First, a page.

I'm also not normally a big fan of getting into rule summaries for reviews but it seemed appropriate here. The switch from board game mechanics to miniature mechanics is large enough it may be useful for some people. It also serves here to demonstrate the relative simplicity of this particular rule set.

Play is on a recommended 3 ft X 3 ft table surface that you provide. The basic dogfight has rebels starting on one edge, imperials on the opposite. Turns are very straightforward with:

1) Choose Maneuver
2) Move, then action
3) Blow stuff up

In the Choose Maneuver phase you set each ships maneuver using a dial.


Then in the move phase, the ships move their pre-choosen maneuver and then perform an action. This is done in order of worst pilots to best pilots. So the Tie Academy pilot moves and performs an action before the rookie x-wing pilot does. In the picture above the ship choose a 90 degree right hand turn at speed three. So the player grabbed the appropriate measure, puts it in front of the ship, and then moves the ship to the other end.

 

In this picture the Tie pilot has a rank of 1, and the rookie pilot a rank of 2. So the Tie fighter needs to move first and act. Then the rookie pilot goes. The actions are performed immediately after the ship moves before the next ship moves. There are a range of actions from things like barrel roll to target lock and are indicated on the card with icons. Pilot skill can make a big difference with particular actions (such as the barrel roll) as certain things are far more useful when you know where the opponent will be.

The final phase of the turn, or more formally known as the Pew Pew phase, is done with the best pilots firing first, and the worst coming last (if they are still alive). First you determine range using the cardboard range template:

Short range adds 1 die to the attacker, long range adds one die to the defender.

The red number on the cards is the number of attack dice, the green is the number of defense dice. Hits are counted and Evades subtracted with the result being the amount of damage done first to shields (blue number) and then hull (yellow number). The dice look like this:


Hits are the filled in splat on the red dice. The open splat is a critical hit (which means special damage as specified by a card). There are 3 hits, 1 critical hit, 2 focus, and 2 blank sides to an attack dice. The focus sides can be converted to hits through various means, including the focus action.

Evades are the squiggly line on the green dice. The green dice have 3 Evades, 2 focus sides, and 3 blank sides. (Here, the focus can be converted to evades through various means, mostly the focus action) So clearly, given equal number of dice the attacker has a slight advantage.

That's essentially the game! There are some upgrades and special pilots who break the rules in different ways. You get access to these when you point buy your squad. There are also some rules handling special cases but these are done well and kept to a minimum. The base set also comes with 3 different scenarios and more scenarios will be coming later. Don't be too interested in the scenarios as the game doesn't revolve around them. The primary enjoyment comes from the dog fight. The scenarios just stir up the initial set-up and give some different win conditions.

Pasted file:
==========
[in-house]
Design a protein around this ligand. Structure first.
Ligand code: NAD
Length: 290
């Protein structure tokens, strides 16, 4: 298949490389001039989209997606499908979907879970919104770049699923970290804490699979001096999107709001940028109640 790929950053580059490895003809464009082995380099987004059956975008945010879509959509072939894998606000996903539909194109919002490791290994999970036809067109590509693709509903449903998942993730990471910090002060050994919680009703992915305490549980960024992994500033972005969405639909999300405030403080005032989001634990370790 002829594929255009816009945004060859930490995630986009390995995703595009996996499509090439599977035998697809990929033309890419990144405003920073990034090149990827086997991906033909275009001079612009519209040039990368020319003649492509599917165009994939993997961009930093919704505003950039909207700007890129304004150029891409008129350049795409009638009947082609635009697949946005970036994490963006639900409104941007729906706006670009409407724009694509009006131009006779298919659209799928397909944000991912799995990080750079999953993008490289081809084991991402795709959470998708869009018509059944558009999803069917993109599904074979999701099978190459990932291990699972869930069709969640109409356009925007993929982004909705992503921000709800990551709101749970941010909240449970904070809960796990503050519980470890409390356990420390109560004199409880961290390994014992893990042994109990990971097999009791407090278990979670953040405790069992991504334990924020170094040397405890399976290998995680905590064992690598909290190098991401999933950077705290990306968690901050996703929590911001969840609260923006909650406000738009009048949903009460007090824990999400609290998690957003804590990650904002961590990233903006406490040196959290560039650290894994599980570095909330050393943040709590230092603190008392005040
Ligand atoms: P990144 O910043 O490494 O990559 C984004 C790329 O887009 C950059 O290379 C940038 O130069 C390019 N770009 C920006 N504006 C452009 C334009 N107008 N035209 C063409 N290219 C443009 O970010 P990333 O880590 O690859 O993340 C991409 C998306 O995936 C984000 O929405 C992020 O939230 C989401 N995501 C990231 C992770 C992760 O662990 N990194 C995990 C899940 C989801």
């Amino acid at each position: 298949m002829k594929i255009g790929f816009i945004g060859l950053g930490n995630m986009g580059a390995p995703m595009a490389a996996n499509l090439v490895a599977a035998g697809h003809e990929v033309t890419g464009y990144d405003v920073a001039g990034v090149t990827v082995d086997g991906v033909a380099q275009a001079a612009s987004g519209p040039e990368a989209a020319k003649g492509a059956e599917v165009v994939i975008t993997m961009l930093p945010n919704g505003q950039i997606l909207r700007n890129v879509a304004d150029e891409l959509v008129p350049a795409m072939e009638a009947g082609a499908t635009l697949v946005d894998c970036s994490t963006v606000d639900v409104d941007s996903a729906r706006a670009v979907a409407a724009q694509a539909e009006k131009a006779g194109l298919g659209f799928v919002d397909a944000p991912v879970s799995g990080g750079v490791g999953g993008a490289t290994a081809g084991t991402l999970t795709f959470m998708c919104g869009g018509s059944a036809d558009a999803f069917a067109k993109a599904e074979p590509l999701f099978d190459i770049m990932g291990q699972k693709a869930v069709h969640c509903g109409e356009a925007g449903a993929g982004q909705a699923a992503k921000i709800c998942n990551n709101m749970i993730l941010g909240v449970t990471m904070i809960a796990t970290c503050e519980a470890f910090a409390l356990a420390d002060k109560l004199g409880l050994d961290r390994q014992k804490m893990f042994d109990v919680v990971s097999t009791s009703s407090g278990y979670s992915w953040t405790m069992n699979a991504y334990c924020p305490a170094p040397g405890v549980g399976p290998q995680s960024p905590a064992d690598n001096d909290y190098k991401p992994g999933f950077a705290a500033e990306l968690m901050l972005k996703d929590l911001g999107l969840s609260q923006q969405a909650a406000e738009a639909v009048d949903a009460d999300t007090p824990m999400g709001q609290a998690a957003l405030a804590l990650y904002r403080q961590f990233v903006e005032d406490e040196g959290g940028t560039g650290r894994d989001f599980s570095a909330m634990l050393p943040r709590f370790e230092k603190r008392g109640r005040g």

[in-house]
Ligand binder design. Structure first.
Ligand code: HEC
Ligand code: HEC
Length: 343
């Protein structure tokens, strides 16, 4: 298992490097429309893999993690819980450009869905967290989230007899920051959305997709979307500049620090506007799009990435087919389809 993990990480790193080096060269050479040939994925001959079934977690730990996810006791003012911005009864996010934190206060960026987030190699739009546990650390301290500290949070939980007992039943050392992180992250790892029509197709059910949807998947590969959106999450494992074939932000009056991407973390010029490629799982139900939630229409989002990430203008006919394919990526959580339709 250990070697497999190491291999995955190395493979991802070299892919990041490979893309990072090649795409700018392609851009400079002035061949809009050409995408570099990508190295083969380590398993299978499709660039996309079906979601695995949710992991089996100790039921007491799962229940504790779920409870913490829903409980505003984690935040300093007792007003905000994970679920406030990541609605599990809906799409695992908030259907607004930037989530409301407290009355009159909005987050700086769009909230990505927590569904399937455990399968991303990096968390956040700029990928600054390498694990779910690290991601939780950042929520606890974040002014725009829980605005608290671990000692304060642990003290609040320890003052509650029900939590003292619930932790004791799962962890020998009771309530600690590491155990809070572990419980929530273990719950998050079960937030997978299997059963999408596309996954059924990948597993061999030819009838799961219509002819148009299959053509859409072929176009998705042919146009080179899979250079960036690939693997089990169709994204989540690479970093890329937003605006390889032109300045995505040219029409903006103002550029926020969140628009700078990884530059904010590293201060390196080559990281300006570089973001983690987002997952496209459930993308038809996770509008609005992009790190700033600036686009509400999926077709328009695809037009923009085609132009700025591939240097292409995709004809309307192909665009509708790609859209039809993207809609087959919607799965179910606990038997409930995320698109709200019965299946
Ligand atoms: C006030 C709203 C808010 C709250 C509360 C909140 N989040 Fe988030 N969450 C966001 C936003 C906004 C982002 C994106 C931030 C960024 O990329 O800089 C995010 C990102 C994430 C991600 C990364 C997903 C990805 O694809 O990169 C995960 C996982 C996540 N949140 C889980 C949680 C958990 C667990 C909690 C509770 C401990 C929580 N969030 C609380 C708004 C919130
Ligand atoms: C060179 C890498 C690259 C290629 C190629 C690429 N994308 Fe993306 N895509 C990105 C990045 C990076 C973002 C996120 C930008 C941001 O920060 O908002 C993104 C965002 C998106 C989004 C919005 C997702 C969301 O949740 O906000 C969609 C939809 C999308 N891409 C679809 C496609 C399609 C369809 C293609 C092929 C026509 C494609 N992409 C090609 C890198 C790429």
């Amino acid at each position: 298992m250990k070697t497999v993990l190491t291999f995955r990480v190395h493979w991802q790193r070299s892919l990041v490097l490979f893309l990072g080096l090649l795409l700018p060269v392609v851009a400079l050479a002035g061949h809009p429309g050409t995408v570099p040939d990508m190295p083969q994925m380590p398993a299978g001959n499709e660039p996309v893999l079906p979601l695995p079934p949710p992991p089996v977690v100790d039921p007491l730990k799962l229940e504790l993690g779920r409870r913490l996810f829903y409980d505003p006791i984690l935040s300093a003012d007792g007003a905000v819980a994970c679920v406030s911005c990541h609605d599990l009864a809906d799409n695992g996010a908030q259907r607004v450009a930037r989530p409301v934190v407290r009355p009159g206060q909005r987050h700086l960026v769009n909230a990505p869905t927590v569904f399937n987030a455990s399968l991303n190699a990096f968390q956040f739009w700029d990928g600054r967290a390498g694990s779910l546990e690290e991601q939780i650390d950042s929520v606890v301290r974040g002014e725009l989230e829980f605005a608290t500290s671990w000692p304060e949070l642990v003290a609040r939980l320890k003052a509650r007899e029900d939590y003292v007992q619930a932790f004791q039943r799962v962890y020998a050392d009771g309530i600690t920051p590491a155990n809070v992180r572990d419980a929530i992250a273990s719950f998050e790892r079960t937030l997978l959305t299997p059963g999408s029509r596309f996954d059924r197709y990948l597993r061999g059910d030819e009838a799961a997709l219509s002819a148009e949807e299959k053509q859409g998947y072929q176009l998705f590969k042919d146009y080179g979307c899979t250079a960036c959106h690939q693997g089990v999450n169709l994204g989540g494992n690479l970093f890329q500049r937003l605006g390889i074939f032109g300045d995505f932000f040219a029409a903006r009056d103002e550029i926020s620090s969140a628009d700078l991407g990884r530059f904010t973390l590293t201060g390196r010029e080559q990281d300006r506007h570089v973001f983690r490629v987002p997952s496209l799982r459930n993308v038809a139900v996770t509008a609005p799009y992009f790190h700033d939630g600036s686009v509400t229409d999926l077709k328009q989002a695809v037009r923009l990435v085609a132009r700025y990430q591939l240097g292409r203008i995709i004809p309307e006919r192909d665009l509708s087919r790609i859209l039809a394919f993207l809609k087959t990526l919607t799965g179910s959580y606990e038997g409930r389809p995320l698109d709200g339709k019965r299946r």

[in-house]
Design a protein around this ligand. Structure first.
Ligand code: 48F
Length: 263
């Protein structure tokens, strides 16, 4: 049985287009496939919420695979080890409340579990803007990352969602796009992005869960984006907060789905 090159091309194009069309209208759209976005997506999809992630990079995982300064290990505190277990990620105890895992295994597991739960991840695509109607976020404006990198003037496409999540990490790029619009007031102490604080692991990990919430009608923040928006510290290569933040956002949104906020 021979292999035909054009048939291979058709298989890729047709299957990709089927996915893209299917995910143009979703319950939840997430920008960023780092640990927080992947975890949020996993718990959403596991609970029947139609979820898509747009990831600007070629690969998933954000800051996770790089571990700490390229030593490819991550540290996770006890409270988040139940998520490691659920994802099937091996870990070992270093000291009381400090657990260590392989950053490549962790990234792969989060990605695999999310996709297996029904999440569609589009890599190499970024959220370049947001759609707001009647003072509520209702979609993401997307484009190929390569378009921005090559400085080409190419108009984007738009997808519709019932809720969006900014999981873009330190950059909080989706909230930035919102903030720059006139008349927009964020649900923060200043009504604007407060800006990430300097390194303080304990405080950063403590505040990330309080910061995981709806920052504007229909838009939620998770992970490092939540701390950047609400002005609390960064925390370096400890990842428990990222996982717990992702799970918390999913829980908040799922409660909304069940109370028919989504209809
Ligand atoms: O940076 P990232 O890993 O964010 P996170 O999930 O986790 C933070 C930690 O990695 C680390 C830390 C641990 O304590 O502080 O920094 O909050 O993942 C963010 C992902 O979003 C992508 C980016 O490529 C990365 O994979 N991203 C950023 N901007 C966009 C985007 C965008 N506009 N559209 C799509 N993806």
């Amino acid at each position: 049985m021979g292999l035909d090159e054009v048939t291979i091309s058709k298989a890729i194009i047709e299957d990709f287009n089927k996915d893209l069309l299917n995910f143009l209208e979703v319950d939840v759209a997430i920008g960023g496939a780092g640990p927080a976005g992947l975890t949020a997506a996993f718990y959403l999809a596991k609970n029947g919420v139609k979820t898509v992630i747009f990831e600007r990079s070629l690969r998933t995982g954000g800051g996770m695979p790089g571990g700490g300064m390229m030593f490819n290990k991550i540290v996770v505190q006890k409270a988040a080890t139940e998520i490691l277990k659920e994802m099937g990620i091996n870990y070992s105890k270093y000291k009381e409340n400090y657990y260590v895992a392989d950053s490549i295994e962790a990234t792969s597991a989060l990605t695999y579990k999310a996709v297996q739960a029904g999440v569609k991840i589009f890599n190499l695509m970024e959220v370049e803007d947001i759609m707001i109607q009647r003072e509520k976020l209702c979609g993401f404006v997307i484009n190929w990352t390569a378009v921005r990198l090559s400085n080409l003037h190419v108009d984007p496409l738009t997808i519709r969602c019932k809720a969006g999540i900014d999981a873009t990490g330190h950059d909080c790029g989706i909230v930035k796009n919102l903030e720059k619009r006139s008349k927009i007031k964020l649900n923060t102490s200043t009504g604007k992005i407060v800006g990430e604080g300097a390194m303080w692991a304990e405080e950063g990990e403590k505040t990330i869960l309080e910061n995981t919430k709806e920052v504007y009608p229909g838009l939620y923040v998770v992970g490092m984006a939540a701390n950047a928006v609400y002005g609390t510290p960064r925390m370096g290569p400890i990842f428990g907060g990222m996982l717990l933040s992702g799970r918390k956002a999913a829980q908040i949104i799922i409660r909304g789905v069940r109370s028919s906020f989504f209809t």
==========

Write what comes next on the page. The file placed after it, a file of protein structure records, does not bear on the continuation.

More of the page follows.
The Actual Review!
Star Wars X-Wing Miniatures does a great job of taking an iconic franchise and mixing it with a streamlined, fun, and not too fiddly tactical dog fight. You spend much of your time figuring out where to send your guys in relation to where you think your opponent will be sending hers. There's lots of opportunity for out-thinking your opponent and pulling off moves that you shouldn't do because its too obvious so the opponent counters your counter which misses because you ended up doing the obvious...

The game is easy to pick up. You give people the basic turn sequence and jump right in. I found it easiest to preselect the simple ships with no upgrades so folks could concentrate on the core mechanics, rather than trying to process and remember all the cool pilot abilities.

The Star Wars theme makes it easier to draw (certain) people in. Combined with having two factions that most folks know the backstory to, people can pick it up quickly enough that you can be assured of (as assured as any game like this) finding partners to play against as the other person doesn't need to own their own set. The other person could even write down your inventory and be able to design their own 100 point squads using your set, not needing for it to be with them. (This would require them looking up the special abilities online)

I don't really have any detractions other than the obvious. (Dice for some, Price for others, game level violence, etc...)

In conclusion, this game is just pure simple fun. It has all the fun of a tactical minis game without a giant investment in time or money. It has a good, well implemented theme that mirrors what you would expect from the movies. Keeping fewer units means it has far less upkeep and turns go quickly. I rate it a good solid 8! It's a perfect fit for this mostly ameritrash, but occasional war gaming player.(me)